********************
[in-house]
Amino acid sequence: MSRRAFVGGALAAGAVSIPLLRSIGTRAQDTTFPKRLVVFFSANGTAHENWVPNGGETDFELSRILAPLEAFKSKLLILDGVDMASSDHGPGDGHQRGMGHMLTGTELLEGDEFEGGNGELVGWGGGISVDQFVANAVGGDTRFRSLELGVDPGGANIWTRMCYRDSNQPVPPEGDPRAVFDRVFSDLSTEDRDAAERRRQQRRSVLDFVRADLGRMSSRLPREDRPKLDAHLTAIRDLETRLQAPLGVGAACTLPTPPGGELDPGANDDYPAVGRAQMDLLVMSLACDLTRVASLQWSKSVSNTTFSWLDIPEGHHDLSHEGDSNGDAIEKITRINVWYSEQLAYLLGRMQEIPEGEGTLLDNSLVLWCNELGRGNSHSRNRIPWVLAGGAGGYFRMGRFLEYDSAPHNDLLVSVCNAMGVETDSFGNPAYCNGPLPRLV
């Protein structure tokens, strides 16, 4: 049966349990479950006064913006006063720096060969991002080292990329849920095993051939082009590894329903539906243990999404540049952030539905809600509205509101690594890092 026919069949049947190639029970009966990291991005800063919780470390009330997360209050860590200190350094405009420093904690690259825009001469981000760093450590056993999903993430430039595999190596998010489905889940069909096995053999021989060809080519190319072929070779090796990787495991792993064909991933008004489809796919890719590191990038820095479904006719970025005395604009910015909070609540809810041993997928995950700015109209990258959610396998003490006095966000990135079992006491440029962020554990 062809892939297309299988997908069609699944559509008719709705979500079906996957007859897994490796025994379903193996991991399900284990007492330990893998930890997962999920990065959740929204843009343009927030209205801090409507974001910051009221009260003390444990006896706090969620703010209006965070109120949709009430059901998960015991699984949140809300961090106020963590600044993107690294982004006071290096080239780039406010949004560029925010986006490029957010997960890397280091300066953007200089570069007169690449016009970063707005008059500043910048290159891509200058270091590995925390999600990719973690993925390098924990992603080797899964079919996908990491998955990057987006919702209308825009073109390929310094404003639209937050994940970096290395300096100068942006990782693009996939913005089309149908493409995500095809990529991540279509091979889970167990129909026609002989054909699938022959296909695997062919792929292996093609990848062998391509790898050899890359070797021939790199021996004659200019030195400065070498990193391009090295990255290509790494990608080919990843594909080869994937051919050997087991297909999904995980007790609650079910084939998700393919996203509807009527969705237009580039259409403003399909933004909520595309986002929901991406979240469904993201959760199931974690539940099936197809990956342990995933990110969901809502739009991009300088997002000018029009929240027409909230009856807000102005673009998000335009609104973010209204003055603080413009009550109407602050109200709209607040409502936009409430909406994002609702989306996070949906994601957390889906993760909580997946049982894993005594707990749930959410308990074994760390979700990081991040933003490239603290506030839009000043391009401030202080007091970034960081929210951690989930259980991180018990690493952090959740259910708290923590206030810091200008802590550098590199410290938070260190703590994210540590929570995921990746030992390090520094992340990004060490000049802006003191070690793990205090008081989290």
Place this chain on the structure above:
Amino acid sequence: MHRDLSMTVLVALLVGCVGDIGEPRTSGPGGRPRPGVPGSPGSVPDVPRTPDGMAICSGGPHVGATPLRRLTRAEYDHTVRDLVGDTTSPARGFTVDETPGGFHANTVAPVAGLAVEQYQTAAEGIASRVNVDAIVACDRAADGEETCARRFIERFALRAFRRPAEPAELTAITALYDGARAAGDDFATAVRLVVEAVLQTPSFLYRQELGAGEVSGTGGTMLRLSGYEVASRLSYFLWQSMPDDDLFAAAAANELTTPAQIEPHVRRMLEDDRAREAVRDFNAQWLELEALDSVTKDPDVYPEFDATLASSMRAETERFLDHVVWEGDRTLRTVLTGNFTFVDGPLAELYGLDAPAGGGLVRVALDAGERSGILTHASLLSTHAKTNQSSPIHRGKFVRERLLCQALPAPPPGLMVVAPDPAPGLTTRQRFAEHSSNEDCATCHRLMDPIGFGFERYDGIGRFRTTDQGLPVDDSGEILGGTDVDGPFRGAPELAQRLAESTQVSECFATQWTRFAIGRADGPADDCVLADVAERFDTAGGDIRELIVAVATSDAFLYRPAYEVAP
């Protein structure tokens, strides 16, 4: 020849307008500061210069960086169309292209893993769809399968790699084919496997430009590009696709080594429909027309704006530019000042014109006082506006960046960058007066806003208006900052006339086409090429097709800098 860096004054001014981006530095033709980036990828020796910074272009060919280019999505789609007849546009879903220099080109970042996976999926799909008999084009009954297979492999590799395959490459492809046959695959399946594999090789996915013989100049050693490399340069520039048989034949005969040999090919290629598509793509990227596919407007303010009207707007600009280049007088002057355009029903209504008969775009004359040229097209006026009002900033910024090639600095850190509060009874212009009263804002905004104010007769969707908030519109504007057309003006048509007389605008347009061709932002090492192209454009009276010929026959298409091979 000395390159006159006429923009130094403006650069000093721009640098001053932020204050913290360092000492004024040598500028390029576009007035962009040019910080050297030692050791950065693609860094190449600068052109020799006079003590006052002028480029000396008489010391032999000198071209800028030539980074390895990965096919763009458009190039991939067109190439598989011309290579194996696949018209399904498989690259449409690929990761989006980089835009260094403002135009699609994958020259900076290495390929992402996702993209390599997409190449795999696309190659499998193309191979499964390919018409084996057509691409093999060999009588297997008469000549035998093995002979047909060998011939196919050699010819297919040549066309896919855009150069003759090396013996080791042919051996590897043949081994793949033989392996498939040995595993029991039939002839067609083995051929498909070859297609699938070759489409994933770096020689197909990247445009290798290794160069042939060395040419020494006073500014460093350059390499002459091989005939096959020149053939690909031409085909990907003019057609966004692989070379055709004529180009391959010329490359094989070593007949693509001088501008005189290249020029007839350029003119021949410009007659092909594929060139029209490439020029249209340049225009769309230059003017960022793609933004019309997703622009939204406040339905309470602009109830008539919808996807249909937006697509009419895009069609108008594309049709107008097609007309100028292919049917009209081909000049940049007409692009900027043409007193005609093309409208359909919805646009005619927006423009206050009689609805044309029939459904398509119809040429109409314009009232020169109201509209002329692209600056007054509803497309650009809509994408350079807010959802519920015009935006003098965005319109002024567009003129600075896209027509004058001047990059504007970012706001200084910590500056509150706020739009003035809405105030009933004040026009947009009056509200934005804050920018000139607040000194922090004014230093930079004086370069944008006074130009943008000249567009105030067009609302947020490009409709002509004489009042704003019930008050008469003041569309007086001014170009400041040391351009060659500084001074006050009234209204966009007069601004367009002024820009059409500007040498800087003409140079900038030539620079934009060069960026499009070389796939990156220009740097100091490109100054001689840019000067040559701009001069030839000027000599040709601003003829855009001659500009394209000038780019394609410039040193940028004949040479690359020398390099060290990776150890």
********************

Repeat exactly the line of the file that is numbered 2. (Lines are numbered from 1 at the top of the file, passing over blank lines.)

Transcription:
Amino acid sequence: MSRRAFVGGALAAGAVSIPLLRSIGTRAQDTTFPKRLVVFFSANGTAHENWVPNGGETDFELSRILAPLEAFKSKLLILDGVDMASSDHGPGDGHQRGMGHMLTGTELLEGDEFEGGNGELVGWGGGISVDQFVANAVGGDTRFRSLELGVDPGGANIWTRMCYRDSNQPVPPEGDPRAVFDRVFSDLSTEDRDAAERRRQQRRSVLDFVRADLGRMSSRLPREDRPKLDAHLTAIRDLETRLQAPLGVGAACTLPTPPGGELDPGANDDYPAVGRAQMDLLVMSLACDLTRVASLQWSKSVSNTTFSWLDIPEGHHDLSHEGDSNGDAIEKITRINVWYSEQLAYLLGRMQEIPEGEGTLLDNSLVLWCNELGRGNSHSRNRIPWVLAGGAGGYFRMGRFLEYDSAPHNDLLVSVCNAMGVETDSFGNPAYCNGPLPRLV